macmcf
    • Probably didn't want to be included

      This question comes up with every AV-TEST story. If a vendor doesn't want to be included they don't include them
      larry@...
      • According to Digital Trends Lookout was reviewed

        According to Digital Trends, Lookout was reviewed by AV-Labs and scored 99.4% ?
        http://www.digitaltrends.com/mobile/top-android-security-apps/
        They rated it as one of the Top 3 Android Security apps
        SimpleCAD
        • That was an earlier set of tests

          in November I think
          larry@...
          • Scratch that

            The link you cite refers to AV-TEST September tests
            larry@...
  • No Lookout entry

    I wonder why Lookout doesn't have their app included in these comparisons? I was hoping they might address it on their own website but there's no mention of it there, either.
    joetron2030
  • Malwarebytes Anti-Malware Mobile

    Was just wondering why you missed this one off the list?
    tiggsy
    • They don't want to be in

      They never cooperate with AV-TEST. If a vendor doesn't want to be in, AV-TEST doesn't test them
      larry@...
  • Malwarebytes Anti-Malware Mobile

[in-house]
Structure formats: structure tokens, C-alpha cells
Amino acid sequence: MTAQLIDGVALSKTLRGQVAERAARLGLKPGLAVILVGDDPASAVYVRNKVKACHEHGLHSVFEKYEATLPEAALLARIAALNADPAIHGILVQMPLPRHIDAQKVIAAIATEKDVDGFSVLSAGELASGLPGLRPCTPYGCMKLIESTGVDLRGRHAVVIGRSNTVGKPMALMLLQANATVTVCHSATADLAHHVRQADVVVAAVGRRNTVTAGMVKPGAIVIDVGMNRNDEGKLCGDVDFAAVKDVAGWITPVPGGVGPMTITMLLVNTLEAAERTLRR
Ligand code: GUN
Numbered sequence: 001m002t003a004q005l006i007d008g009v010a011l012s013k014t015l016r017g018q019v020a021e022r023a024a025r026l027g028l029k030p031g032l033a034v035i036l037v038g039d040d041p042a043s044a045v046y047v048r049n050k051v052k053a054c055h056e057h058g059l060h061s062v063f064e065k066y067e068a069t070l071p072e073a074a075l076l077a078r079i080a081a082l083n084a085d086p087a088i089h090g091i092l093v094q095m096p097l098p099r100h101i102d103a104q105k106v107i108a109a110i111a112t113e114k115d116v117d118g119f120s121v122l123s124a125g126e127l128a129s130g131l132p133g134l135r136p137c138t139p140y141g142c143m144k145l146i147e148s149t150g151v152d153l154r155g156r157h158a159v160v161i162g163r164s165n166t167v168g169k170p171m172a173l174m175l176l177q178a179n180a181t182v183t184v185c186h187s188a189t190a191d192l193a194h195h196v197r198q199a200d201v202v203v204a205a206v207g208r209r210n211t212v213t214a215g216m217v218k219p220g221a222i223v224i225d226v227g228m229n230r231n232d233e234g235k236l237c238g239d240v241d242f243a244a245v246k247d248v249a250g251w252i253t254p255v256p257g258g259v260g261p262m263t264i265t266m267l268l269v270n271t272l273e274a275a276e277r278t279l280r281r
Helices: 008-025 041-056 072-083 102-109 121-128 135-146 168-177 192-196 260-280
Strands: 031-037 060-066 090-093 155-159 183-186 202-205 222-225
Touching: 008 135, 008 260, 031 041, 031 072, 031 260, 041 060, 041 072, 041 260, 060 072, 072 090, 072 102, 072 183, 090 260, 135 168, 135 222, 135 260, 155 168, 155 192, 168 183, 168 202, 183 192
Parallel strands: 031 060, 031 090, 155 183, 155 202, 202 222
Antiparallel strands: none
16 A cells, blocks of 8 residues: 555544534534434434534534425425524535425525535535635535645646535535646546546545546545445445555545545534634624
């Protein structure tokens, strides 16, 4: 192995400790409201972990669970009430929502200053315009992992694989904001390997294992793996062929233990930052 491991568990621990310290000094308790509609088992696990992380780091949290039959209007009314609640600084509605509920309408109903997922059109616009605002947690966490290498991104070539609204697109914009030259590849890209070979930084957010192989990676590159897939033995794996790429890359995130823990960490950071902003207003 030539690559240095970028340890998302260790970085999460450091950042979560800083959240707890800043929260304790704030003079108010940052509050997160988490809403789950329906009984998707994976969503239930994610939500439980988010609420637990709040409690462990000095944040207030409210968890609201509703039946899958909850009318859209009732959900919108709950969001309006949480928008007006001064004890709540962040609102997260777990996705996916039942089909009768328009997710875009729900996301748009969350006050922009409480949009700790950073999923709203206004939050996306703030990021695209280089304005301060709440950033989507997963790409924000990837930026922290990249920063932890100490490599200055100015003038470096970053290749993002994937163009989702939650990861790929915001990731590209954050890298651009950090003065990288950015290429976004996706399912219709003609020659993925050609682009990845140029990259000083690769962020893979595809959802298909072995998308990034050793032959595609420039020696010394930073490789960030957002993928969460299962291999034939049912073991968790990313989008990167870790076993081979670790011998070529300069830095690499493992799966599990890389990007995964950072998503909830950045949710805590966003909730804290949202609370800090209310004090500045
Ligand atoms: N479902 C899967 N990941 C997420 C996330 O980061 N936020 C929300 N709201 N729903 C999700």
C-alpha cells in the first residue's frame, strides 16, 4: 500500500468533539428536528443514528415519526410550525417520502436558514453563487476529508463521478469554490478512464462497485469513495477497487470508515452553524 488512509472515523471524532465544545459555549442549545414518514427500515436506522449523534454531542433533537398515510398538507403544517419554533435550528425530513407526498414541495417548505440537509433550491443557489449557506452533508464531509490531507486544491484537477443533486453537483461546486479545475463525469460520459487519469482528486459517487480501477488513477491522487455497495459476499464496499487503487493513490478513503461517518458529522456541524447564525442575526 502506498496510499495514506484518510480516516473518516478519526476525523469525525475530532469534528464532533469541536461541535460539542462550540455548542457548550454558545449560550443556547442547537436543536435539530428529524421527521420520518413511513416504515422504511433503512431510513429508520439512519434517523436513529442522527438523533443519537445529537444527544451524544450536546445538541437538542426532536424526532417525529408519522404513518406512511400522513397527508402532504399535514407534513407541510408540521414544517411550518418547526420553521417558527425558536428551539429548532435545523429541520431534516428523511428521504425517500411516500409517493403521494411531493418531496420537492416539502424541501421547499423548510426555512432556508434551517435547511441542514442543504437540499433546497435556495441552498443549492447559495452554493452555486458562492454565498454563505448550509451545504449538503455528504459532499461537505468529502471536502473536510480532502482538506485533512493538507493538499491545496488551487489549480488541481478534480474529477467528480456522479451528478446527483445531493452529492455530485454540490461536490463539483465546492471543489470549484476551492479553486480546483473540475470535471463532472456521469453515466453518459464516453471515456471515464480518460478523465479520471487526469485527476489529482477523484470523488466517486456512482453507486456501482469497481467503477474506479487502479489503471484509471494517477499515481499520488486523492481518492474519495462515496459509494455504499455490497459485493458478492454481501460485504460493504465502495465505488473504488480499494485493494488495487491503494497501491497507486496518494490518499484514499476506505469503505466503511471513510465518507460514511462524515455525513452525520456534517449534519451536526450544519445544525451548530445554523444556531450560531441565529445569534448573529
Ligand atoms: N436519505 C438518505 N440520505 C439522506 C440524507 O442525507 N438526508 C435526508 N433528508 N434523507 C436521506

Malwarebytes Anti-Malware Mobile works for me. No impact on performance, regular updates, no issues. Free, but I would pay a reasonable price for it.

    I like Malwarebytes desktop products also.
    tietchen
  • AVG?

    No AVG test either. I wonder why. I've used AVG on my desktop, laptop and phone for years and not had any problems.
    JohnOfStony
  • How come they need all these apps?

    So if Android is so secure. How come we have all these security apps. Its either the biggest scam just to get information and money out of Android users. Or their really is a need for security.
    I think what happens is that the media spreads a few stories on rogue apps and then all of a sudden you start seeing security apps. Playing to the paranoia of users. This scenario used to be just played out on Windows PC's. I glad to see the security people selling their snake oil security to other platforms now.
    JohnnyES-25227553276394558534412264934521